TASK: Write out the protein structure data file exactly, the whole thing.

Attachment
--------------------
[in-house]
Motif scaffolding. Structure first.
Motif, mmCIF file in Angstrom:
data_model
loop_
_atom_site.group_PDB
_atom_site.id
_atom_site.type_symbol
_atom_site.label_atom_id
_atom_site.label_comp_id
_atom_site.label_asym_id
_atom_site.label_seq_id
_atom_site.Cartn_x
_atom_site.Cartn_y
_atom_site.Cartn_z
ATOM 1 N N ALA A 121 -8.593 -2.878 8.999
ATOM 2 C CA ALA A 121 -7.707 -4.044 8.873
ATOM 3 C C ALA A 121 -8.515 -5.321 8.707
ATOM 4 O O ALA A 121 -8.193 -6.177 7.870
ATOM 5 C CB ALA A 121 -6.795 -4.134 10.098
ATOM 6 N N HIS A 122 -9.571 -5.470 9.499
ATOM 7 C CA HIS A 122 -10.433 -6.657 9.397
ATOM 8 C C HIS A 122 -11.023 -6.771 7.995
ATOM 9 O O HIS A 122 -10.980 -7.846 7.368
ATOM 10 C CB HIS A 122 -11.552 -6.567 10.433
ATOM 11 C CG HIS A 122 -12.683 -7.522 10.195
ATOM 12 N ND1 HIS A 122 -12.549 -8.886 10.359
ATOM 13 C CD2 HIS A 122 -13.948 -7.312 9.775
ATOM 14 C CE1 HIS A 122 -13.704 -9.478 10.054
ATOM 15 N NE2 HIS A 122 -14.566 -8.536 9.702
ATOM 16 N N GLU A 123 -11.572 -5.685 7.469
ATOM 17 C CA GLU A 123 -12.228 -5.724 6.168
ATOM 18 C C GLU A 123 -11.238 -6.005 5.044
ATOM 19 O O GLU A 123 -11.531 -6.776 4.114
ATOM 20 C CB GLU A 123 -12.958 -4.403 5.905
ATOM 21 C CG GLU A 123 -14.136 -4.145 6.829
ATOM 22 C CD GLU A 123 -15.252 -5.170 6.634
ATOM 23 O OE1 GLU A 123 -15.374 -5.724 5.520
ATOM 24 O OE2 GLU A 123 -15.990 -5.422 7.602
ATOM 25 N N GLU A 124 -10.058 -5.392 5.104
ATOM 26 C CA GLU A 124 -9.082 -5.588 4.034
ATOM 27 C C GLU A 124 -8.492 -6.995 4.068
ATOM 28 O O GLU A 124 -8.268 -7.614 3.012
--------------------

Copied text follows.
[in-house]
Motif scaffolding. Structure first.
Motif, mmCIF file in Angstrom:
data_model
loop_
_atom_site.group_PDB
_atom_site.id
_atom_site.type_symbol
_atom_site.label_atom_id
_atom_site.label_comp_id
_atom_site.label_asym_id
_atom_site.label_seq_id
_atom_site.Cartn_x
_atom_site.Cartn_y
_atom_site.Cartn_z
ATOM 1 N N ALA A 121 -8.593 -2.878 8.999
ATOM 2 C CA ALA A 121 -7.707 -4.044 8.873
ATOM 3 C C ALA A 121 -8.515 -5.321 8.707
ATOM 4 O O ALA A 121 -8.193 -6.177 7.870
ATOM 5 C CB ALA A 121 -6.795 -4.134 10.098
ATOM 6 N N HIS A 122 -9.571 -5.470 9.499
ATOM 7 C CA HIS A 122 -10.433 -6.657 9.397
ATOM 8 C C HIS A 122 -11.023 -6.771 7.995
ATOM 9 O O HIS A 122 -10.980 -7.846 7.368
ATOM 10 C CB HIS A 122 -11.552 -6.567 10.433
ATOM 11 C CG HIS A 122 -12.683 -7.522 10.195
ATOM 12 N ND1 HIS A 122 -12.549 -8.886 10.359
ATOM 13 C CD2 HIS A 122 -13.948 -7.312 9.775
ATOM 14 C CE1 HIS A 122 -13.704 -9.478 10.054
ATOM 15 N NE2 HIS A 122 -14.566 -8.536 9.702
ATOM 16 N N GLU A 123 -11.572 -5.685 7.469
ATOM 17 C CA GLU A 123 -12.228 -5.724 6.168
ATOM 18 C C GLU A 123 -11.238 -6.005 5.044
ATOM 19 O O GLU A 123 -11.531 -6.776 4.114
ATOM 20 C CB GLU A 123 -12.958 -4.403 5.905
ATOM 21 C CG GLU A 123 -14.136 -4.145 6.829
ATOM 22 C CD GLU A 123 -15.252 -5.170 6.634
ATOM 23 O OE1 GLU A 123 -15.374 -5.724 5.520
ATOM 24 O OE2 GLU A 123 -15.990 -5.422 7.602
ATOM 25 N N GLU A 124 -10.058 -5.392 5.104
ATOM 26 C CA GLU A 124 -9.082 -5.588 4.034
ATOM 27 C C GLU A 124 -8.492 -6.995 4.068
ATOM 28 O O GLU A 124 -8.268 -7.614 3.012